Jun 6, 2008    #056
Contact: John Austin

Mechanism of muscle aging is focus of UMKC School of Nursing research Findings by Marco Brotto and colleagues to be published in prestigious scientific journal

Researchers at the University of Missouri-Kansas City (UMKC) School of Nursing may be on the verge of unlocking a key mechanism when it comes to understanding what causes the gradual decrease in muscle strength as people age. Their findings will be published in an upcoming issue of Aging Cell, one of the world’s leading scientific journals devoted to research involving the biology of aging.

The fact that muscles tend to get smaller and weaker as a person ages, a process known as sarcopenia, is a not fully understood yet. A big part (approximately 50 percent) of the decrease in muscle strength is thought to occur simply because muscles become smaller. What about the remaining 50 percent?

Put simply, the answer may be calcium, according to Marco Brotto, B.S.N., M.S., Ph.D., associate professor at the UMKC School of Nursing.

“But it has nothing to do with the amount of calcium that a person intakes,” he said. “But rather, how much of that calcium actually makes its way into muscle cells.”

A decrease in muscle strength develops in the aged population despite interventions — such as increased physical activity and improved diet — and leads to debilitating injuries, loss of independence and reduced quality of life. A healthy lifestyle is important in delaying sarcopenia (and it is fundamental for prevention of cardiovascular diseases, diabetes and obesity), but even in healthy individuals, when they become 75 or older, sarcopenia develops.

“Therefore, understanding the cellular mechanisms that contribute to aging-related muscle weakness is essential for the development of effective treatments and improved care for the elderly,” Brotto said.

In their research, Brotto and his colleagues have shown for the first time that store-operated calcium entry (SOCE) — the mechanism through which calcium is absorbed into muscle and tissue cells — is compromised in aged skeletal muscles.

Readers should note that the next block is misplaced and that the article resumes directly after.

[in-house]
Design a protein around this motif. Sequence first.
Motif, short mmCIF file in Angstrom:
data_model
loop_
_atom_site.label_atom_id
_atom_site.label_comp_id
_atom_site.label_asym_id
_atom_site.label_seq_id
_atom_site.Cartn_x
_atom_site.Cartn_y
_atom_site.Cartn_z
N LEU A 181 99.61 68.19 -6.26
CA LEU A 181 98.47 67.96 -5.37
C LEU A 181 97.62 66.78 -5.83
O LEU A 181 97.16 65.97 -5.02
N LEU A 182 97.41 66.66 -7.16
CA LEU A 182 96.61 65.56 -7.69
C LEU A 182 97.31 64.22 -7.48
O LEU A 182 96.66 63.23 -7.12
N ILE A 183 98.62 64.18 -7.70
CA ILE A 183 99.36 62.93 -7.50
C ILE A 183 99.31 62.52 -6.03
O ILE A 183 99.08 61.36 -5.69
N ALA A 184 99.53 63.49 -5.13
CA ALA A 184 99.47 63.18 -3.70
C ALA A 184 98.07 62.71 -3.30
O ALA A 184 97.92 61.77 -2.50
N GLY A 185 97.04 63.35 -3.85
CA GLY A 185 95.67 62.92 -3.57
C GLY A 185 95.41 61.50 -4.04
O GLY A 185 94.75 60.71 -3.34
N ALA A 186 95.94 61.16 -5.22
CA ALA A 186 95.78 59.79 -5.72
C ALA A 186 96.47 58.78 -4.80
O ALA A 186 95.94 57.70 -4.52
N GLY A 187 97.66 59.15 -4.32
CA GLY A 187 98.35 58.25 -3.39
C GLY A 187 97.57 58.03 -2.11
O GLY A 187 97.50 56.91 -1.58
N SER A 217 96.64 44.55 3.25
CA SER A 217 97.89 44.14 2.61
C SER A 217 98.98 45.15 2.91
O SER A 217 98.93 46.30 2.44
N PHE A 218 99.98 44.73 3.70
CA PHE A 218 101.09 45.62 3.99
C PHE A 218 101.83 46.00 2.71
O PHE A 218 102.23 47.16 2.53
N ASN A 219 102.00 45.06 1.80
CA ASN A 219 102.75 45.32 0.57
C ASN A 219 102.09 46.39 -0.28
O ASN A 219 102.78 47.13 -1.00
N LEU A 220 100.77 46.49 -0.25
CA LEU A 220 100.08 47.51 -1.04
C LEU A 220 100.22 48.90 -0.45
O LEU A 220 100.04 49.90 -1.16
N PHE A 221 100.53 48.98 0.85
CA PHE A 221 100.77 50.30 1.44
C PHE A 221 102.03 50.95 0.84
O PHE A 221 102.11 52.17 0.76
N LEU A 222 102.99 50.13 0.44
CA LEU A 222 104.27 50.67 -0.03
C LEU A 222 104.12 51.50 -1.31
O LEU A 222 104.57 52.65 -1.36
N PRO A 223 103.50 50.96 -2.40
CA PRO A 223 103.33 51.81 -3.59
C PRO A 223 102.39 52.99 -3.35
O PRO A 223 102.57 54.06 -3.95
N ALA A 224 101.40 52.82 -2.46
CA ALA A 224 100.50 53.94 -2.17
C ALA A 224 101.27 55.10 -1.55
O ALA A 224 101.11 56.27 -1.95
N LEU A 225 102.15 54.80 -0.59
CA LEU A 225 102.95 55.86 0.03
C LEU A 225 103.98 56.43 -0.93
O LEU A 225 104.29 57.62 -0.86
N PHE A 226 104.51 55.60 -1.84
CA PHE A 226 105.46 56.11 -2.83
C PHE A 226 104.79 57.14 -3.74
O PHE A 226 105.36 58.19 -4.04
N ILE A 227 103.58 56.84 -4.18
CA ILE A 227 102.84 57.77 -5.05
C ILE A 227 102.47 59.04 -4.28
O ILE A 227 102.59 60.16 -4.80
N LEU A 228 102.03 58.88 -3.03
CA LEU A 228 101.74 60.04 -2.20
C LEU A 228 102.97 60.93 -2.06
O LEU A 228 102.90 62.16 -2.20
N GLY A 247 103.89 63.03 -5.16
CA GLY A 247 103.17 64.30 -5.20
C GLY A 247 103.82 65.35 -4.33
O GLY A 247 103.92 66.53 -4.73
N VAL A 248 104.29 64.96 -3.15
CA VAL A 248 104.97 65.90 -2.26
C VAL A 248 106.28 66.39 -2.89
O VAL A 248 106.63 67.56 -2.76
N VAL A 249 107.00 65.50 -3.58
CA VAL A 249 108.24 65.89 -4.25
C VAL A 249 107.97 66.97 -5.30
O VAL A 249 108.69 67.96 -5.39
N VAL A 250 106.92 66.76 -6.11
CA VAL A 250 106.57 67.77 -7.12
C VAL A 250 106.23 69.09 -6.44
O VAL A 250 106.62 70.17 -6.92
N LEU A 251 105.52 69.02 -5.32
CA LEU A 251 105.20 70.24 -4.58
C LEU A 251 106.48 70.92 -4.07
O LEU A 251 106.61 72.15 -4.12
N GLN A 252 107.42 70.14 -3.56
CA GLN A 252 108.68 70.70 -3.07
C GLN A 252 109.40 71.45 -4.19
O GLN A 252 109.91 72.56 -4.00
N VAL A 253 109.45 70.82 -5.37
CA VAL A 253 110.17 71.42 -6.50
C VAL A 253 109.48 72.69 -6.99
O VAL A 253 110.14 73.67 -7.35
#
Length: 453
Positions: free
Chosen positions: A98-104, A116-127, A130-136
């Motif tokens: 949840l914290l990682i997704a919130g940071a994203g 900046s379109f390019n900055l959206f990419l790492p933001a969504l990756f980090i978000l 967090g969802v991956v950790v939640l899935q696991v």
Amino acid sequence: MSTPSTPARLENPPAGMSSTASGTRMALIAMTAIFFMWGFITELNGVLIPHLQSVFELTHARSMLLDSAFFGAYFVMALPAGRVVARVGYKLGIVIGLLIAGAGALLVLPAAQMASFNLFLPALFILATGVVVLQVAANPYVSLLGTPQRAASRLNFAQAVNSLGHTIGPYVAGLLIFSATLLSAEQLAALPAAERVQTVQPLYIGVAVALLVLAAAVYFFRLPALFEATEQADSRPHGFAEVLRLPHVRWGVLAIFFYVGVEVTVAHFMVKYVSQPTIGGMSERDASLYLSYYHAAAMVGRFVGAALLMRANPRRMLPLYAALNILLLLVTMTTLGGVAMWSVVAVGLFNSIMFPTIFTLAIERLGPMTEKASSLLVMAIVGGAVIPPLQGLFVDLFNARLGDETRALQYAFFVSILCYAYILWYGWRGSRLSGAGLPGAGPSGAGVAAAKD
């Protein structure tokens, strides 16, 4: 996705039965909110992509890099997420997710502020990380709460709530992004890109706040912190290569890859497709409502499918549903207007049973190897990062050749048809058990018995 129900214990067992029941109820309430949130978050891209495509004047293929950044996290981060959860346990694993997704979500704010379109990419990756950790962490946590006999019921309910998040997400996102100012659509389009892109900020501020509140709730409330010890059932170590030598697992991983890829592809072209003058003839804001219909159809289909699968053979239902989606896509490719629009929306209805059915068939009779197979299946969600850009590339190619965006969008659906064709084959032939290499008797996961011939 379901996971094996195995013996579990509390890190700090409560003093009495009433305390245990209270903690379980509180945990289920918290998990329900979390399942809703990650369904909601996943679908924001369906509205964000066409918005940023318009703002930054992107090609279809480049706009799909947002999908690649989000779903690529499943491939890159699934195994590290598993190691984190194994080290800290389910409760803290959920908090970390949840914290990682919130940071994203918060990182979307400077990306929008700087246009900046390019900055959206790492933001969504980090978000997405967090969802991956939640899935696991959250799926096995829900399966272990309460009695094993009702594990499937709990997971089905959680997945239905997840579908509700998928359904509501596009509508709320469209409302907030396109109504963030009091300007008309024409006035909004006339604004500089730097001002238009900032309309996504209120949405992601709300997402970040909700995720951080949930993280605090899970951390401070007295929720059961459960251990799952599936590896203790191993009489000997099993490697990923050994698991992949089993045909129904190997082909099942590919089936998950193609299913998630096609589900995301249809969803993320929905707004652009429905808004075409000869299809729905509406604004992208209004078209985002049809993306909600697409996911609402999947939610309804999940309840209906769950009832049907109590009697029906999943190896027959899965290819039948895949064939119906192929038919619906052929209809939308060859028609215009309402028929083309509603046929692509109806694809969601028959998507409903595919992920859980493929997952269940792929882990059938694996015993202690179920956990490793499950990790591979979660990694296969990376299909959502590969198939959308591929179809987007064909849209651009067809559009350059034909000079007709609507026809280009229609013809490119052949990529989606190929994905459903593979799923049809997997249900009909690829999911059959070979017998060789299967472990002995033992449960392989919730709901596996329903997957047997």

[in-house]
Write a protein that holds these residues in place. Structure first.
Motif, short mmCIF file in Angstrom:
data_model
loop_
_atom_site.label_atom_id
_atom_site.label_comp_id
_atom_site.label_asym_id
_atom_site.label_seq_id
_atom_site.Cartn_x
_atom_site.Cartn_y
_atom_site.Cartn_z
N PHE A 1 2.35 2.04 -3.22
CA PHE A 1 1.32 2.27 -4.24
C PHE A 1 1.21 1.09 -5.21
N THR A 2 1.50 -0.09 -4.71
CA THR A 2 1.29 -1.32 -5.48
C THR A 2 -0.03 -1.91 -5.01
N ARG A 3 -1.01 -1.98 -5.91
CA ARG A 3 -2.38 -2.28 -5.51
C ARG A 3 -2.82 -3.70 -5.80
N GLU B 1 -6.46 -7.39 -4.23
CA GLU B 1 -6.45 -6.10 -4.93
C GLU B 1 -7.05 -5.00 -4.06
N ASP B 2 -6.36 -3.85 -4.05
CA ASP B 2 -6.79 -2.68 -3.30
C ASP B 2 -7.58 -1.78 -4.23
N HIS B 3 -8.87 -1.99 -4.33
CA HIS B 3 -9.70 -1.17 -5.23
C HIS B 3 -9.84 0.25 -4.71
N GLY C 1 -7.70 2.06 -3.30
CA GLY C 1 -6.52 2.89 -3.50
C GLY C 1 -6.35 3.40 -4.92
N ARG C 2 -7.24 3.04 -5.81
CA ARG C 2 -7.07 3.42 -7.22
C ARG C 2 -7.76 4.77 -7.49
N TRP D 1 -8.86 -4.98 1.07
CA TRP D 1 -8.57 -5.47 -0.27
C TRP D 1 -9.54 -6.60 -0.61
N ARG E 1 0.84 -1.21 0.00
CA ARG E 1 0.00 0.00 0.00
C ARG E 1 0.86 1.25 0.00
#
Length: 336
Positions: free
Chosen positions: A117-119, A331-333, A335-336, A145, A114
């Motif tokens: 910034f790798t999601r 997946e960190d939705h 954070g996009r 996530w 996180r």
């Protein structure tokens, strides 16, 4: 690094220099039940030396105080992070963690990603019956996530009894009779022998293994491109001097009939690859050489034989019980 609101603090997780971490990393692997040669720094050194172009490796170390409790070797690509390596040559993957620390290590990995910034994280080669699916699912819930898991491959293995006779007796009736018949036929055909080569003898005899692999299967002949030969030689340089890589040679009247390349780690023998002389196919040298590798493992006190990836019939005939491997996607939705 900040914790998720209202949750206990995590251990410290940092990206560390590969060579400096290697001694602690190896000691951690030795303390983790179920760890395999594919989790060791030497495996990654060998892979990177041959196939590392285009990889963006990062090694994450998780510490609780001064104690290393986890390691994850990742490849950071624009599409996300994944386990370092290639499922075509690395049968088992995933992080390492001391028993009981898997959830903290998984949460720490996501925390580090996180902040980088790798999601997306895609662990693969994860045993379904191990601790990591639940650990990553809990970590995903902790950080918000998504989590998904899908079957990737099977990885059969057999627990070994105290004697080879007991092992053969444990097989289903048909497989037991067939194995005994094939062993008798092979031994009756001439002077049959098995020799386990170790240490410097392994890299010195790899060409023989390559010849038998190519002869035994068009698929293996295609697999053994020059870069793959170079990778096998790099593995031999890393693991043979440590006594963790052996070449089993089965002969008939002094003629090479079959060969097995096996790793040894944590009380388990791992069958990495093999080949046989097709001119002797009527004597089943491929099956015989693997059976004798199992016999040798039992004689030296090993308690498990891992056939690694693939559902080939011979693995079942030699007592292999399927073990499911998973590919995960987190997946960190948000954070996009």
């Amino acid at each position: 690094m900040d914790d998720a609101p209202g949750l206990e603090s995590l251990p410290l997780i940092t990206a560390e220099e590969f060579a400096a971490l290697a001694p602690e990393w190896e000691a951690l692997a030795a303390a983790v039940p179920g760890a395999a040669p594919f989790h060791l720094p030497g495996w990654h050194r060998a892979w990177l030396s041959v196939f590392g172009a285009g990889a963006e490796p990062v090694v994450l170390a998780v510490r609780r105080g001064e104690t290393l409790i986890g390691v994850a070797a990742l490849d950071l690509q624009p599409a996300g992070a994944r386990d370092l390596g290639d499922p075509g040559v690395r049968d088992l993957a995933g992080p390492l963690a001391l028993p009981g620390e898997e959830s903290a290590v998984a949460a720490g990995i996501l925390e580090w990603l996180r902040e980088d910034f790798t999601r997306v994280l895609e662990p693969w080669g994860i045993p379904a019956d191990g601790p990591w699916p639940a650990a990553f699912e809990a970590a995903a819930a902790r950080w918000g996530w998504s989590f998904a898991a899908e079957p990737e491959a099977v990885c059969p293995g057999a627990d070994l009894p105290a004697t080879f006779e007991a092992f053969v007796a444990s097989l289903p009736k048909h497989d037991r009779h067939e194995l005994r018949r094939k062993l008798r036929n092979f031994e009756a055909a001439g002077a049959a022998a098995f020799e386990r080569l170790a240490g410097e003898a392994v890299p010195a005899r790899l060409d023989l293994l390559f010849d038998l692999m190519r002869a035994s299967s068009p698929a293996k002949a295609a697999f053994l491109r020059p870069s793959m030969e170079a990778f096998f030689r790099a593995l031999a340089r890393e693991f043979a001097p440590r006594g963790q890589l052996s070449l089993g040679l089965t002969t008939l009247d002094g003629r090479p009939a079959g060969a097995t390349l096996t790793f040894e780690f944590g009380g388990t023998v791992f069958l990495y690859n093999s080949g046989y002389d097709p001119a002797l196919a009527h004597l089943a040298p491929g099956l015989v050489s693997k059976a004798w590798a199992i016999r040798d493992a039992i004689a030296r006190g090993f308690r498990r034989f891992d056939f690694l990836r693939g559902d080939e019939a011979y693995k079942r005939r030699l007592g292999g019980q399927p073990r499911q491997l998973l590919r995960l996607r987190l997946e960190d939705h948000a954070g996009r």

“SOCE is essential for keeping optimal levels of calcium inside the intracellular compartments that store calcium,” Brotto said. “This is needed for muscles to contract well. If there is less calcium inside these intracellular stores, then less calcium is available for contraction and muscles become weaker.”

Since SOCE is needed for muscles to perform well — and study findings suggest that this mechanism is compromised in aged muscles — Brotto and his fellow investigators propose that this could be the “missing link” in identifying the cause for muscle weakness during aging.

The next steps in the research will involve identifying the molecular basis for this defective mechanism and at what point in a person’s lifecycle this defect begins to express itself. The various aspects of ongoing studies are currently being developed in collaboration with Brotto’s colleagues — Drs. Jianjie Ma, Xiaoli Zhao and Noah Weisleder — at Robert Wood Johnson Medical School (RWJMS). Zhao and Weisleder are co-first authors in the paper and Jianjie Ma is a University Named Professor at RWJMS and long-time collaborator with Brotto.

“In addition, we have begun a new collaboration with Dr. Michael Wacker at the UMKC School of Medicine and St. Luke’s Hospital here in Kansas City. Our next step will be to perform some biochemical and functional studies in muscles from human patients with sarcopenia,” Brotto said. “Our goal is to expand our studies to the bedside and beyond. The environment and expertise at UMKC is unique and should allow us to take our basic research findings from the lab and eventually into the community.”

The University of Missouri-Kansas City (UMKC), one of four University of Missouri campuses, is a public university serving more than 14,000 undergraduate, graduate and professional students. Celebrating 75 years, UMKC engages with the community and economy based on a three-part mission: visual and performing arts, health sciences, and urban engagement.

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